40951767.jpgThe Sickness and the bombs have killed off the last of humanity, leaving only Monster, emerging from the arctic vault that kept her alive. Believing she is now alone in the world, Monster washes up on the coast of Scotland and begins the long journey back to her parent’s house. One day, she finds a girl. Naming the girl after herself and changing her own name to Mother, she tries to teach the girl everything she knows. But young Monster has her own desires that are very different to those of the Mother who made her, but didn’t create her.

The dynamic of this book – being a mother and young daughter in a post-apocalyptic landscape – bears some similarities to Cormack McCarthy’s The Road. It isn’t doing anything particularly new, but it is well-written and convincing enough to remain engaging throughout.

The back-story was extremely vague which I didn’t love. The causes of the apocalypse are only alluded to, in reference to the Sickness and the war, but the full story of what happened is never told. In some cases, this can add a level of intrigue or highlight that the point of the story is now not then, but in this case it felt more like the author just hadn’t really thought that much about that part of the story.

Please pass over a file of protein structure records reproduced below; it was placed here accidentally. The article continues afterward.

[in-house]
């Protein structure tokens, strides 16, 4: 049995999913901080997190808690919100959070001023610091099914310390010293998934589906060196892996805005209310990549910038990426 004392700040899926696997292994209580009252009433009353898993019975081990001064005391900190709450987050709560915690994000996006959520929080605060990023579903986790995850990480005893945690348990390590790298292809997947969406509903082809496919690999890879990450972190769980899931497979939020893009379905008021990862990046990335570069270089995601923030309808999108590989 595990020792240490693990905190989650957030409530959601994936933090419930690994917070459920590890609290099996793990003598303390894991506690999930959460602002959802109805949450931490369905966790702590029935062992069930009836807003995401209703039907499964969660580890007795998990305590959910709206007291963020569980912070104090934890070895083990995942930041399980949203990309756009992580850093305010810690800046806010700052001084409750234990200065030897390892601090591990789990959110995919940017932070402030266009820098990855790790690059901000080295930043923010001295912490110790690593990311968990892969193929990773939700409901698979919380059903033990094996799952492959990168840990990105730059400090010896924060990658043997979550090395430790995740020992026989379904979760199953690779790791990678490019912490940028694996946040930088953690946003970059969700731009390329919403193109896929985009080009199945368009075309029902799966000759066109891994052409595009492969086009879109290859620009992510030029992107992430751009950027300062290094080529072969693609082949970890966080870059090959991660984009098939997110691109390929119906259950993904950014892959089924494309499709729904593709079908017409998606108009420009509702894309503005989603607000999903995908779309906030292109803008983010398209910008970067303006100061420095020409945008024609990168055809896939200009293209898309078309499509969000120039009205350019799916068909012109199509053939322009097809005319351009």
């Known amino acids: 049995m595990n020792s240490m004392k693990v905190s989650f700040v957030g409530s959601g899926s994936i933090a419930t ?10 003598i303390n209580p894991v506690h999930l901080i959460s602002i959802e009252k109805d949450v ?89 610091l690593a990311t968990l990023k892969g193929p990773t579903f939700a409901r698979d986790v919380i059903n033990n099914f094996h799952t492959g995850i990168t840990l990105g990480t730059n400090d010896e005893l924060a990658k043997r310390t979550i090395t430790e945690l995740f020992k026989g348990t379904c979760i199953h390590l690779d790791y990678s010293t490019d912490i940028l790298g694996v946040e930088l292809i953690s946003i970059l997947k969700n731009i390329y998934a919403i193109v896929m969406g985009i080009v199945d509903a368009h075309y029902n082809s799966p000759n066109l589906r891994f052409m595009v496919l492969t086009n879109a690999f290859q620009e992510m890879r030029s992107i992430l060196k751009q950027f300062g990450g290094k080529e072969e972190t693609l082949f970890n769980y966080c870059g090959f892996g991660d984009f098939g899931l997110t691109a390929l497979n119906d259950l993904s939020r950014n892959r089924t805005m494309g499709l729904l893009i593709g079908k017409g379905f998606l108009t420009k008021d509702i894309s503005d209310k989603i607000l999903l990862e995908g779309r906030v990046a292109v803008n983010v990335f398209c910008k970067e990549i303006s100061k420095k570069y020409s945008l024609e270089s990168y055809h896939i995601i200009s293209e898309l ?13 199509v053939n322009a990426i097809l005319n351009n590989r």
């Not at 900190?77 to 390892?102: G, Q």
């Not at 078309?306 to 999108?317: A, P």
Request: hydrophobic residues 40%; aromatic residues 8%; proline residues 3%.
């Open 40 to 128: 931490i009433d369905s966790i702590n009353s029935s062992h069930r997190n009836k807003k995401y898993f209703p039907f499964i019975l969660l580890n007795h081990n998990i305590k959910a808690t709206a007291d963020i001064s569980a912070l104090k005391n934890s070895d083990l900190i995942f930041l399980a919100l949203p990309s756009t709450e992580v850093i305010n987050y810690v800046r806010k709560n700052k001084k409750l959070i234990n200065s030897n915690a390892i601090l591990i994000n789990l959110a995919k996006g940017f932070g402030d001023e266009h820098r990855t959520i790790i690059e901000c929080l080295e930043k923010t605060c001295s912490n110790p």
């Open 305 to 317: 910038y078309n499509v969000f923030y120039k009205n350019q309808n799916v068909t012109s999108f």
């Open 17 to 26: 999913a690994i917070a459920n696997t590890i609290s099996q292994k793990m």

However, I did enjoy Monster’s story. Especially the first half, before she finds Monster Jr and becomes Mother. I found it difficult to empathise with either character. They both felt quite one dimensional, despite the quite obvious intention for them to be complex, but it was a good read nonetheless.

I received a copy of this book from the publisher in exchange for an honest review.

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The Last – Hanna Jameson

41132572Jon Keller was on a trip to Switzerland when the world ended. Without phone service or an internet connection, he doesn’t know whether his wife and kids survived. He and the other people remaining in his hotel wait for help that never comes. Then, one day, the body of a little girl is found. It’s clear she’s been murdered, so Jon decides to investigate. Is one of his fellow survivors a killer?